Zimbabwe's annual inflation rate for July has dropped by 191 percentage points to 993.6 percent from the June rate of 1,184.6 percent, the Central Statistical Office (CSO) announced on Wednesday.
The month on month inflation rate for July, however, increased by 7.8 percentage points to 25.1 percent from 17.3 percent in June.
This rate for July last year hit a record high of 47 percent from 17 percent of the previous month.
CSO Acting Director Moffat Nyoni told a press conference that he attributed the marked decline in annual inflation rate to the slower increase of the monthly inflation rate this year compared with that of last year.
"The main contributory factor to the decline in year-on-year inflation in July is that the huge increase in prices on a month-on-month basis in 2005 was not repeated this year," Nyoni said.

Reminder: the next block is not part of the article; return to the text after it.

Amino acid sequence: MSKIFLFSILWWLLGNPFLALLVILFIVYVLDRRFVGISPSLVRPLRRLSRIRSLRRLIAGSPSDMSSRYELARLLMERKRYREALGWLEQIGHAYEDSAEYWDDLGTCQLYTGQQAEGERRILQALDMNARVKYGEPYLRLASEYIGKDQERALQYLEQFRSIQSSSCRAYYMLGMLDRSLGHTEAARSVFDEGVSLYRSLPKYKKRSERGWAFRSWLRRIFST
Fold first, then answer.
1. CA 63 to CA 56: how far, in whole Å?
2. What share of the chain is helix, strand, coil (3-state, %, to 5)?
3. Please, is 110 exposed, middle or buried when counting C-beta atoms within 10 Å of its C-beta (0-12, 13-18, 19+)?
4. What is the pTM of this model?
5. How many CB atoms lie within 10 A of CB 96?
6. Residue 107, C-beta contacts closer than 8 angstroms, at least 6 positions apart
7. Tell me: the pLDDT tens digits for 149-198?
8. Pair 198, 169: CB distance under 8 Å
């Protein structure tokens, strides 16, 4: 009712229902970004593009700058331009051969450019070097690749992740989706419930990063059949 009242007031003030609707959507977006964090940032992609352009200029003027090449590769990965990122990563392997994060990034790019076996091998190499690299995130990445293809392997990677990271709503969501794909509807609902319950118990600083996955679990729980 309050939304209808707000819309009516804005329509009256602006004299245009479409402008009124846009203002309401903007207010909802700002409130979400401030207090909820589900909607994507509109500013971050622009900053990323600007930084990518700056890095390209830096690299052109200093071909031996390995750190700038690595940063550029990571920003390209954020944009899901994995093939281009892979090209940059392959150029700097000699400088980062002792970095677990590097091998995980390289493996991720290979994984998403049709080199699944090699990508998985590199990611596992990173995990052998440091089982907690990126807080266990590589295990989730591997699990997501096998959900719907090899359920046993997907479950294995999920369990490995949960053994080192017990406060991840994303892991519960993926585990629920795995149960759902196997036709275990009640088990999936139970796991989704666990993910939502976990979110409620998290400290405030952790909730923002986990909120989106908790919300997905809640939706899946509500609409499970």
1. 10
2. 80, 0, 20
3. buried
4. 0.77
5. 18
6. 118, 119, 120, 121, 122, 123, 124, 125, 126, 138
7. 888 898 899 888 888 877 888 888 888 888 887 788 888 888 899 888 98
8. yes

The decline of annual inflation rate is the second lasting one after 15 months of rising.
The average prices of goods and services normally purchased by households for final use in Zimbabwe this July were about 11 times as expensive as they had been a year before.
Nyoni also attributed the decline in yearly inflation rate to the huge decline in non-food inflation rate which decelerated by 250.3 percentage points from the June rate, in a sharp contrast to the inflation rate of food and non-alcoholic beverages which fell by 83.3 percentage points.
On a year-on-year basis, the prices of paramedical services, electricity, gas and other fuels recorded the highest increases.
On a month on month basis, the items with the highest increases in prices were insurance (vehicle and health), fuels, lubricants and hospital services, while that recording the lowest increase was postal services, Nyoni said.
Despite the decline, Zimbabwe's inflation rate is still the highest in the world expect those in war zones, and the authorities have declared it as the country's No. 1 enemy.